Bloggers who use Google Blogger as their internet platform of expression will now have their unlimited venting rights taken away if their blogs sport any “sexually explicit or graphic nude images or video.”  (ZD Net)

The local police of a small Western Mass town deleted a Facebook page that promoted a fundraising event called the “Polar Plunge,” where a canine-resident of Wilbraham, Massachusetts entered freezing cold water with a spectator following. Bottom line, no consent for this dog’s long-delayed ice bucket challenge makes this reek of animal cruelty. (WTKR News)

It’s all fuzzy from here via Shutterstock

CUSS Presents: Your Basic Action Movie

Take a study break and watch CUSS’ latest episode: It’s sexy, dangerous, and most importantly, basic. Want to stay up to date with CUSS? Go like their facebook page here.

Basic Action Movie – Trailer (2015) from Bwog on Vimeo.

Midnight Dog Salon
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Just how I like it

Wondering what could possibly be going on behind the closed doors of the former Uni Cafe, Bwog Detective Henry Litwhiler takes a stab at uncovering a secret dog grooming scheme in the abandoned store.

I’d been waiting for three months to see one of those miserable establishments fade into memory. When the Uni Cafe finally breathed its last, I sharpened my scissors and steeled my resolve—what happens to a dream deferred? It waits for its opening, of course. It sits on soiled streets under the promise of opportunity. It stalks Riverside for inspiration, for the wretched motivation of a job poorly done.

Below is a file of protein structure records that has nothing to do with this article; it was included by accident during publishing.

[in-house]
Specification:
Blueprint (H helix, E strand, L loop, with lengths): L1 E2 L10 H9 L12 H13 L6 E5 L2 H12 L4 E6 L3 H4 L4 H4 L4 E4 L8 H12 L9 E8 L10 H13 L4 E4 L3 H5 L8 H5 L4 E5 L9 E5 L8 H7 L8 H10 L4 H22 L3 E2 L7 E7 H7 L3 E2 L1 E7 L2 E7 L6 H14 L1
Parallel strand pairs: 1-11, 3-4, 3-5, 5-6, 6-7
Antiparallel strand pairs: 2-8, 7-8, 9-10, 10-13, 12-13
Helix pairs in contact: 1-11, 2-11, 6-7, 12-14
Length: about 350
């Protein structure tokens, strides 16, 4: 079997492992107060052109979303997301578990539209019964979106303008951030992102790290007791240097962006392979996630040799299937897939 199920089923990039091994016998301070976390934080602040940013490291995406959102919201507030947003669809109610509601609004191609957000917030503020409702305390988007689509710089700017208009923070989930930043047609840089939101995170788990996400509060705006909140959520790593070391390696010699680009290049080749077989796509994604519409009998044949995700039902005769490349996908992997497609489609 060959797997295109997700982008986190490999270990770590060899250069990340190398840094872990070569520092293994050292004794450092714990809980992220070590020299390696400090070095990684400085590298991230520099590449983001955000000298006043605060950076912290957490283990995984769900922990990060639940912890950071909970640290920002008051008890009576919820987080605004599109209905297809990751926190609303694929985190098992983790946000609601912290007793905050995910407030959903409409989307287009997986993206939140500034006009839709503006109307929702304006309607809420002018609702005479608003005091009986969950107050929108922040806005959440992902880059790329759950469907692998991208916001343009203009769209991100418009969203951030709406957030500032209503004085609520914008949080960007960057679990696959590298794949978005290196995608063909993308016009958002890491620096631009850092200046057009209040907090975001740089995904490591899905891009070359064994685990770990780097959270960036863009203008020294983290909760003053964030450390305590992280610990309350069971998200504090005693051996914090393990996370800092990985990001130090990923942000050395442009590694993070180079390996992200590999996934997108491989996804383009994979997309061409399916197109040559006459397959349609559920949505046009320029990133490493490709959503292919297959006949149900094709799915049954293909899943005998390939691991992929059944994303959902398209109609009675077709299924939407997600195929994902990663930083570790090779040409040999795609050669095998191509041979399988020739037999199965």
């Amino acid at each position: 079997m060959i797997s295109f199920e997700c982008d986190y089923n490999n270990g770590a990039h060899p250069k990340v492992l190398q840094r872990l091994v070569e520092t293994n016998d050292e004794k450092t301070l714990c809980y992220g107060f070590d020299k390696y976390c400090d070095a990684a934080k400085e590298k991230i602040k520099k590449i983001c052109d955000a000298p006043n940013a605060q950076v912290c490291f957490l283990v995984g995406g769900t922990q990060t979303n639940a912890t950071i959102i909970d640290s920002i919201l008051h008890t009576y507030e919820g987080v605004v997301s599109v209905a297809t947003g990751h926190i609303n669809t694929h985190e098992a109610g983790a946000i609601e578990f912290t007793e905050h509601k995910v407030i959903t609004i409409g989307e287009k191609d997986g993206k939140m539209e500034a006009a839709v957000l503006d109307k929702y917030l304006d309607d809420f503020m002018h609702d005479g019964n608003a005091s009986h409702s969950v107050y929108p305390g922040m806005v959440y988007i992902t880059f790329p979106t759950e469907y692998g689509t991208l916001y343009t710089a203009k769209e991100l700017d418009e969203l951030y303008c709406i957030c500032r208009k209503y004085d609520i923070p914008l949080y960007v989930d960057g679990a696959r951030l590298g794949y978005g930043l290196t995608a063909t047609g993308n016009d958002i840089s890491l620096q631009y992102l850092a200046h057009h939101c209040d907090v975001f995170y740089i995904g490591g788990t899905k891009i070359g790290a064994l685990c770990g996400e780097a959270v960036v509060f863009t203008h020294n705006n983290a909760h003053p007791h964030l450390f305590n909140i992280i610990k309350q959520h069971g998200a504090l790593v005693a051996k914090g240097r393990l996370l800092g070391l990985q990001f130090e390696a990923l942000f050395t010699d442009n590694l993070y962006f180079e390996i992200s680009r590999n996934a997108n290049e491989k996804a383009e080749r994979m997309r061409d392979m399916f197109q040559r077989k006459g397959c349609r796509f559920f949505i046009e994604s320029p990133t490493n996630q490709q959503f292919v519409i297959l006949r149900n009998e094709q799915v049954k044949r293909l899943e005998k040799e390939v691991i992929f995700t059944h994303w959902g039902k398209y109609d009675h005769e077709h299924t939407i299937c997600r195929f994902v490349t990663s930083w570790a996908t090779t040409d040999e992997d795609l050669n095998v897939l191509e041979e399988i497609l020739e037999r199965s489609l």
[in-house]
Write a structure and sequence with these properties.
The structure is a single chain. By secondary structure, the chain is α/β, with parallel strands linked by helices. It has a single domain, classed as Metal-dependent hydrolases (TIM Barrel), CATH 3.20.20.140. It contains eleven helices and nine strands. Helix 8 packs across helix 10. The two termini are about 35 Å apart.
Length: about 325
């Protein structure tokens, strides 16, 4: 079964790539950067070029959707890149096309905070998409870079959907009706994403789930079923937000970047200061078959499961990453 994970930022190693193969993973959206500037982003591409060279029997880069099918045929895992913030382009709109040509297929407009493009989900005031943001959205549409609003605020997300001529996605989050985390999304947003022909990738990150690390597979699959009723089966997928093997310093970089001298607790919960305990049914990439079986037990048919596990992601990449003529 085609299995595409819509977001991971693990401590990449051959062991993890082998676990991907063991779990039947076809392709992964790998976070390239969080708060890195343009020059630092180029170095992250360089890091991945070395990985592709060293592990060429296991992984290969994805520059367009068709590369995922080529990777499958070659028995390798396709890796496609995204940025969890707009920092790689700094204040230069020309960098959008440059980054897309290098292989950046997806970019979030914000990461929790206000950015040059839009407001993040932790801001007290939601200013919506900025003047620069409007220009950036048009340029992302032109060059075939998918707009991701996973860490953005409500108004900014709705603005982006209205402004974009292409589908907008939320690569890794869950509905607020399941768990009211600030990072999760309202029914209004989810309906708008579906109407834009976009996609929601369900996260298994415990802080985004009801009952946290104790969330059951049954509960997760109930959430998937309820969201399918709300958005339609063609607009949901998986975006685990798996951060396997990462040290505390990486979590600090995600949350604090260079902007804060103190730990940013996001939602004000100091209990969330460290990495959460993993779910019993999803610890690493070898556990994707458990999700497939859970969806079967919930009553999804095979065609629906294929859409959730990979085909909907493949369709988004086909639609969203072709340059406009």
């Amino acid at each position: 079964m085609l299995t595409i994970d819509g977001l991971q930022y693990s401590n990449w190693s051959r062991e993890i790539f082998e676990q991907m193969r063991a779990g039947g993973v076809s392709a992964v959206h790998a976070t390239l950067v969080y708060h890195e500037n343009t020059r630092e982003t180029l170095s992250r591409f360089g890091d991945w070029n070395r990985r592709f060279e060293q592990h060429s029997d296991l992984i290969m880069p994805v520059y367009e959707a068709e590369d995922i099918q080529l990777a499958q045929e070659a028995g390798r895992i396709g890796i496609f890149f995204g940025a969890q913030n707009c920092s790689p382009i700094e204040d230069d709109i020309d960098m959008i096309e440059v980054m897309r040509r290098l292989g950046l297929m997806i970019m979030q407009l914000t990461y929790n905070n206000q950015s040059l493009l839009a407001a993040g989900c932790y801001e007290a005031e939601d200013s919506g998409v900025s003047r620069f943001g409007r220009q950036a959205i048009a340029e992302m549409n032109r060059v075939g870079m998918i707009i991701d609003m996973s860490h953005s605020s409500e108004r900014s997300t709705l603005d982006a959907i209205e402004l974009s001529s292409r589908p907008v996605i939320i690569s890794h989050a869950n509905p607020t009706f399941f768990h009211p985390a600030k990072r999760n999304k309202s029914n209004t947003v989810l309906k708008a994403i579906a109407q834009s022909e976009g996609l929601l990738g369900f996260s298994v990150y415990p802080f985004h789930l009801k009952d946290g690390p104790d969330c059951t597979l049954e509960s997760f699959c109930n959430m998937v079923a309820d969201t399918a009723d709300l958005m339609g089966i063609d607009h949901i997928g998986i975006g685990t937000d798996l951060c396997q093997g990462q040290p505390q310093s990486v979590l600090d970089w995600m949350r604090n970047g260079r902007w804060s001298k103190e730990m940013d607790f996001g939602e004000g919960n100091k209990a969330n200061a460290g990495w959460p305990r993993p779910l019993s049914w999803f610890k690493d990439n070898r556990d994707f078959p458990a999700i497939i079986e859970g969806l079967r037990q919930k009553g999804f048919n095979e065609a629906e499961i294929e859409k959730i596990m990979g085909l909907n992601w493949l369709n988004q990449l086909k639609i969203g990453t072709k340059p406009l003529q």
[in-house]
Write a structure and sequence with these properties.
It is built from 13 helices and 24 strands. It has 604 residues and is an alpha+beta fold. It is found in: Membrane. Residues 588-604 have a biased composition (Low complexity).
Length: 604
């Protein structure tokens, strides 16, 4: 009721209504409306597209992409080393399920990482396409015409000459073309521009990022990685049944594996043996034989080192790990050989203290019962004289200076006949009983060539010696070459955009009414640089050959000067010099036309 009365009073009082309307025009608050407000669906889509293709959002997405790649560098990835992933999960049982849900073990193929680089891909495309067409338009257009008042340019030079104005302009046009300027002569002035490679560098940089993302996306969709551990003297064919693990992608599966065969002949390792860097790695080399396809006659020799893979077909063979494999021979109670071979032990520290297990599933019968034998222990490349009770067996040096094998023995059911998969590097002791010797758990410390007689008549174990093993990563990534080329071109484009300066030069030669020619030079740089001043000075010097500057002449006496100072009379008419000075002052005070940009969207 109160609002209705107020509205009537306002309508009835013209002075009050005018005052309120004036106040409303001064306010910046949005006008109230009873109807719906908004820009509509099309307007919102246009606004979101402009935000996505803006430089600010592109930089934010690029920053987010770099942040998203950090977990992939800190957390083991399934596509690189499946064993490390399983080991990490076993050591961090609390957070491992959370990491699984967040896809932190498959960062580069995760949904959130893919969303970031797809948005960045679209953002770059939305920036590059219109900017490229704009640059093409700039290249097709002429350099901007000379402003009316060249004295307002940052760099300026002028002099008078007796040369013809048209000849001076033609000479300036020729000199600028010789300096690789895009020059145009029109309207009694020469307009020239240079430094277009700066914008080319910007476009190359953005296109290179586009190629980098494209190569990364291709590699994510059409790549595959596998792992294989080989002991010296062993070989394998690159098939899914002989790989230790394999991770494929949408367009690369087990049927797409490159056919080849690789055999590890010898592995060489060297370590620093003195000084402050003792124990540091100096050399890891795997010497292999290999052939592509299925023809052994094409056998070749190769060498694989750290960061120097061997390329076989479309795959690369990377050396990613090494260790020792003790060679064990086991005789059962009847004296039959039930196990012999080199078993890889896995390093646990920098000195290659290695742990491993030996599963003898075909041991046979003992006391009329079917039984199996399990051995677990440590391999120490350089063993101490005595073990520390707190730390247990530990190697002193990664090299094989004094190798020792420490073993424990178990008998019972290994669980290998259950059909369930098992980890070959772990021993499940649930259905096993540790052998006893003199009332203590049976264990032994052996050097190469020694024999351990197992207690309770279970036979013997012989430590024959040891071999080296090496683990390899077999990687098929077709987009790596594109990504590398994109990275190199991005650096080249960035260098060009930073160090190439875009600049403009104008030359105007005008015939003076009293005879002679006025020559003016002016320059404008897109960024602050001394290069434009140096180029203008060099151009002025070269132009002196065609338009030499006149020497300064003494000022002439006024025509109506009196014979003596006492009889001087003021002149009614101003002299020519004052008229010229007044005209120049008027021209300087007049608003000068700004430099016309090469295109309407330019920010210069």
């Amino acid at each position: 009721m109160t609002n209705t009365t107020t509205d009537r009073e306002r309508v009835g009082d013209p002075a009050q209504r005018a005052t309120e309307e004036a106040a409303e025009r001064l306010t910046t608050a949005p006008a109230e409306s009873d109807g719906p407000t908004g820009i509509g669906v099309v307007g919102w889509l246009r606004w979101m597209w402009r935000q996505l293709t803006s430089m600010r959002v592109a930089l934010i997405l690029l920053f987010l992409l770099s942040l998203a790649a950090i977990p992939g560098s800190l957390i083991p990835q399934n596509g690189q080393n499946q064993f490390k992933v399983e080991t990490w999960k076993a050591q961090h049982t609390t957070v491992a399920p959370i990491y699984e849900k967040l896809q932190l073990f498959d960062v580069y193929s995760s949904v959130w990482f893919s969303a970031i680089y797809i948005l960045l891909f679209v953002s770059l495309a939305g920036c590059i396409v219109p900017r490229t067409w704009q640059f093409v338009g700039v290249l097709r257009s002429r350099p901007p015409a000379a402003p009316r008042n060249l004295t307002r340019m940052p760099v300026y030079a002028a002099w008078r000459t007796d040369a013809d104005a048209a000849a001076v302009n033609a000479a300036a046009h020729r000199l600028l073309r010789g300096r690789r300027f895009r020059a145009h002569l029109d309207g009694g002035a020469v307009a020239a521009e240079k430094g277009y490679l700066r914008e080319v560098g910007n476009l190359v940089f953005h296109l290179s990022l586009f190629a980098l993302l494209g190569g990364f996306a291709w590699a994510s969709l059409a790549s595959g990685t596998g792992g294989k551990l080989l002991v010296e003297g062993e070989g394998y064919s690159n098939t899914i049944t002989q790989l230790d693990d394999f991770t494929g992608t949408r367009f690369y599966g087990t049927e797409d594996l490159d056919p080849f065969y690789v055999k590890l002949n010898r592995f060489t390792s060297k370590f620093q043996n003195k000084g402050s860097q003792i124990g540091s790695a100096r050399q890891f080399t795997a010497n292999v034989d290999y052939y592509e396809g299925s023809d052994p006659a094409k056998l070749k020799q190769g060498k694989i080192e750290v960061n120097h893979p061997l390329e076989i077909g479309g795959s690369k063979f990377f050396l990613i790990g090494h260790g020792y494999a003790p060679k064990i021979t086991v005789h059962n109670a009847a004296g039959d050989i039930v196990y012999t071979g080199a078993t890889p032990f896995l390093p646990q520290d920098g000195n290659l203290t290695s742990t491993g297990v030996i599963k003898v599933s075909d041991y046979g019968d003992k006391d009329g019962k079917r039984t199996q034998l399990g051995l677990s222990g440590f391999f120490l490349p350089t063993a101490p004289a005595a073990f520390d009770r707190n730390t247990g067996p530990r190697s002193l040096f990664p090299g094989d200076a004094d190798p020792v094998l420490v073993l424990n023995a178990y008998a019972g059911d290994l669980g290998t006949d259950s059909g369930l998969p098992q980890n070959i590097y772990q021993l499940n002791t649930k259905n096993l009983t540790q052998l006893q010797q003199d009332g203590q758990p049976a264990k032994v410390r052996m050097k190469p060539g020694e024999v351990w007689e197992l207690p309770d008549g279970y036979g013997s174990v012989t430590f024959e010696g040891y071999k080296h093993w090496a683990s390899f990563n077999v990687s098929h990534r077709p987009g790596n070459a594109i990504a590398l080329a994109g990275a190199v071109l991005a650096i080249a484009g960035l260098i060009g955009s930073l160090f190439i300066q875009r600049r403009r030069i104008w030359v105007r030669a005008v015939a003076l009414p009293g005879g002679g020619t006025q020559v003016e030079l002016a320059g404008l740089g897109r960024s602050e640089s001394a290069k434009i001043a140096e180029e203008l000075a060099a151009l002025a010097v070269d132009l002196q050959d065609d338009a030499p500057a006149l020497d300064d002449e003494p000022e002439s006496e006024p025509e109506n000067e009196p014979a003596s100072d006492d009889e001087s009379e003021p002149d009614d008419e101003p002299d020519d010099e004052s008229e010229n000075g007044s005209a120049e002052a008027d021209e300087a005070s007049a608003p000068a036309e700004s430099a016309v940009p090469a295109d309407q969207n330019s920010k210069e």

Ours is a city of hacks, quacks, frauds, and delusional messiahs. They meet the canine form in its divinity but can see only a slab of clay in its place. Are they truly so blind as to see no suggestion in its sensual curves? Or are they so maddened by pride as to place their designs over those of God himself?

And it isn’t just the unholy trimming! The shampoo, the bows, the dyes, the brushing—nearly every trick in the modern canine cosmetologist’s toolbox seems bent on perversion. But not mine. No, I’m no modern furdresser. I belong to an older tradition, one built on a kind of humble grit that the modern professional so often lacks. The sight of a hound spurs me to enhance, never to profane.

As I saw the last gravel-caked van drive off with the last piece of detachable furniture from that ill-fated cafe, I made my way from my post at the bus stop to m2m. My gaze was steady and professional as I approached the counter.

“Health department,” I said, flashing my HamDel loyalty card.

A harrowing tale of redemption after the jump.